The usual passage to the east side of the Antarctic Peninsula traverses the Antarctic Sound, which is 30 miles (48 km) long and 7–12 miles (11–19 km) wide and runs northwest-to-southeast. Hope Bay and the Argentine Station Esperanza, are located on the western side of the Sound. Brown Bluff, a promontory on the Tabarin Peninsula, is located south of Hope Bay. Both of them might be possible landing sites. The Weddell Sea represents the center of the Peninsula's Adélie Penguin population. Devil Island, Paulet Island and the already mentioned sites, might give us ample proof of this. The numbers of penguins are breathtaking. Sometimes juvenile Emperor Penguins have been sighted, riding ice floes but are by no means regular in the area.

This region also teems with vibrant exploration history. The most bizarre of these tales involves the Swedish Antarctic Expedition of 1901–03 under the command of geologist Otto Nordenskjöld. Four visitor sites have links to this expedition: Hope Bay, Paulet Island, Snow Hill Island, and Cape Well-Met on Vega Island. Our expedition staff will be pleased to share their exciting story with you. Nordenskjöld's expedition was the first to overwinter in the Peninsula. His ship the Antarctic, under the command of the famous Norwegian whaling captain Carl Anton Larsen, was trapped in the ice and sank, but the men survived on different locations and even managed to carry out significant scientific research in the area.

Days 7–9: Exploring the Antarctic Peninsula and the South Shetland Islands

The Antarctic Peninsula's remarkable history will also provide you with a type of excitement often only associated with the early explorers. You will have plenty of time to explore its amazing scenery, a pristine wilderness of snow, ice, mountains and waterways and a wide variety of wildlife. Apart from Gentoo and Chinstrap Penguins and other seabirds you are likely to encounter Weddell, crabeater and leopard seals as well as Minke whales and orcas at close range.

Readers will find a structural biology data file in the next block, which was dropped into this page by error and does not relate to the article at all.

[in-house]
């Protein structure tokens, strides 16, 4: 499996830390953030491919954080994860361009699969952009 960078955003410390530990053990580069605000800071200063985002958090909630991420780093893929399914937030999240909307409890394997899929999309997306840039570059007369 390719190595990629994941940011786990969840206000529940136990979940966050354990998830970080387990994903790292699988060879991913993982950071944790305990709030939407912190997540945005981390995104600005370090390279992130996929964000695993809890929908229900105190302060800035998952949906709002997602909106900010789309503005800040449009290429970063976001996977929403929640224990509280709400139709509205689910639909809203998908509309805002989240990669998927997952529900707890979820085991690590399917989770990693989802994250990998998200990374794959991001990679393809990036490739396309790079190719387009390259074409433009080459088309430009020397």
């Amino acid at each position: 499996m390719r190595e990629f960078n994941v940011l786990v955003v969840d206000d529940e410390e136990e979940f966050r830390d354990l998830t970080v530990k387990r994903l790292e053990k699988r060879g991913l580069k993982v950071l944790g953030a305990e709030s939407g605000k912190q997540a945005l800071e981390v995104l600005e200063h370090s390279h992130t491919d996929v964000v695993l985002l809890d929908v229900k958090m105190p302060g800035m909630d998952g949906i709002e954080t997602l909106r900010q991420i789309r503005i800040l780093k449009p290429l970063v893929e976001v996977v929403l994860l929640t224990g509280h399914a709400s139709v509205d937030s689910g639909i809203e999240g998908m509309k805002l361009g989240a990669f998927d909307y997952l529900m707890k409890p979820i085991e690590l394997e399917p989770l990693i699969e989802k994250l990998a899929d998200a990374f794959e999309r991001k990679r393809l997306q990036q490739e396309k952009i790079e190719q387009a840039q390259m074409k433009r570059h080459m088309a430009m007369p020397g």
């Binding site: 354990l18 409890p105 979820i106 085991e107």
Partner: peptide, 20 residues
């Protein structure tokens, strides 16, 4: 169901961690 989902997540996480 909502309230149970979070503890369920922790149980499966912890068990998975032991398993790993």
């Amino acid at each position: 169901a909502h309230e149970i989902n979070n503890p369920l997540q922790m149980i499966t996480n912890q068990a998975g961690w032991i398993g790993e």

We hope to navigate some of the most beautiful waterways: the Gerlache Strait, Errera Channel and Neumayer Channel. Possible landing sites may include: Paradise Bay, which is perhaps the most aptly named place in the world with its impressive glacial fronts and mountains, Cuverville Island, home of the biggest Gentoo Penguin colony in the Peninsula surrounded by glaciers and castellated icebergs, and the British Museum and Post office at Port Lockroy.

Further exploration will lead us to the South Shetland Islands. The volcanic island group is a haven for wildlife. Vast penguin rookeries and seals hauling out on the shorelines make every day spent here unforgettable. Sailing through the narrow passage into the flooded caldera of Deception Island is truly amazing, so is visiting the crescent shaped island Half Moon, home to Chinstrap Penguins in breathtaking surroundings.